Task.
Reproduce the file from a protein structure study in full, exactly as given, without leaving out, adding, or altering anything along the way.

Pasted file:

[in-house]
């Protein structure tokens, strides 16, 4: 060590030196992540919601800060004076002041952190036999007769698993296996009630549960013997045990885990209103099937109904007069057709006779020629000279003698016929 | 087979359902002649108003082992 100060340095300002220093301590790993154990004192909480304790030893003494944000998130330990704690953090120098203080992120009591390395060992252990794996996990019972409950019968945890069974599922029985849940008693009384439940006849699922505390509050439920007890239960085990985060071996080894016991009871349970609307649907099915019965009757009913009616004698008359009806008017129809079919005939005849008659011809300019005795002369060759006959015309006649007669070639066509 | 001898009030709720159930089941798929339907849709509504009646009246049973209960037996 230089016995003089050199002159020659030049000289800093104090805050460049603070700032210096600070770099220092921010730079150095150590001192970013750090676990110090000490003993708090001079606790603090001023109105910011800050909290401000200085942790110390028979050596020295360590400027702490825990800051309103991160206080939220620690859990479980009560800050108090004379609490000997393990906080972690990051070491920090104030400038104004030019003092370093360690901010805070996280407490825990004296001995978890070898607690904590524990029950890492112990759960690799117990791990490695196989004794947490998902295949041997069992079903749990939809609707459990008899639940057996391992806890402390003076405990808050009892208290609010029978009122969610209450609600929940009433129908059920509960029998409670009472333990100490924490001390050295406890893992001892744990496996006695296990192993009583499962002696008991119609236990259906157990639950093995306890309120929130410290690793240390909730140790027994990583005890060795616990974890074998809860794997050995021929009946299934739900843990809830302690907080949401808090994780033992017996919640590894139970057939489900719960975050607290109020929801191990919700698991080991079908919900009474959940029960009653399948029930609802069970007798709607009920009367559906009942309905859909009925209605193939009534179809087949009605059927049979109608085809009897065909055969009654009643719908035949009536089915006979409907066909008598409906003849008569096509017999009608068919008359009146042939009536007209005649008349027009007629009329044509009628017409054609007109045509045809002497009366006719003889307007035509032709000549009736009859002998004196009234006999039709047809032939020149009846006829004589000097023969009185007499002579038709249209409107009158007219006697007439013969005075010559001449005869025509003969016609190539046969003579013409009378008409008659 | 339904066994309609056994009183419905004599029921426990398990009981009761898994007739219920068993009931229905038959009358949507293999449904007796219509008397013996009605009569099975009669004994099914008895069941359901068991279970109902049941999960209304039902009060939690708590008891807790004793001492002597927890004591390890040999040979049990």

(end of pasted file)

[in-house]
């Protein structure tokens, strides 16, 4: 060590030196992540919601800060004076002041952190036999007769698993296996009630549960013997045990885990209103099937109904007069057709006779020629000279003698016929 | 087979359902002649108003082992 100060340095300002220093301590790993154990004192909480304790030893003494944000998130330990704690953090120098203080992120009591390395060992252990794996996990019972409950019968945890069974599922029985849940008693009384439940006849699922505390509050439920007890239960085990985060071996080894016991009871349970609307649907099915019965009757009913009616004698008359009806008017129809079919005939005849008659011809300019005795002369060759006959015309006649007669070639066509 | 001898009030709720159930089941798929339907849709509504009646009246049973209960037996 230089016995003089050199002159020659030049000289800093104090805050460049603070700032210096600070770099220092921010730079150095150590001192970013750090676990110090000490003993708090001079606790603090001023109105910011800050909290401000200085942790110390028979050596020295360590400027702490825990800051309103991160206080939220620690859990479980009560800050108090004379609490000997393990906080972690990051070491920090104030400038104004030019003092370093360690901010805070996280407490825990004296001995978890070898607690904590524990029950890492112990759960690799117990791990490695196989004794947490998902295949041997069992079903749990939809609707459990008899639940057996391992806890402390003076405990808050009892208290609010029978009122969610209450609600929940009433129908059920509960029998409670009472333990100490924490001390050295406890893992001892744990496996006695296990192993009583499962002696008991119609236990259906157990639950093995306890309120929130410290690793240390909730140790027994990583005890060795616990974890074998809860794997050995021929009946299934739900843990809830302690907080949401808090994780033992017996919640590894139970057939489900719960975050607290109020929801191990919700698991080991079908919900009474959940029960009653399948029930609802069970007798709607009920009367559906009942309905859909009925209605193939009534179809087949009605059927049979109608085809009897065909055969009654009643719908035949009536089915006979409907066909008598409906003849008569096509017999009608068919008359009146042939009536007209005649008349027009007629009329044509009628017409054609007109045509045809002497009366006719003889307007035509032709000549009736009859002998004196009234006999039709047809032939020149009846006829004589000097023969009185007499002579038709249209409107009158007219006697007439013969005075010559001449005869025509003969016609190539046969003579013409009378008409008659 | 339904066994309609056994009183419905004599029921426990398990009981009761898994007739219920068993009931229905038959009358949507293999449904007796219509008397013996009605009569099975009669004994099914008895069941359901068991279970109902049941999960209304039902009060939690708590008891807790004793001492002597927890004591390890040999040979049990």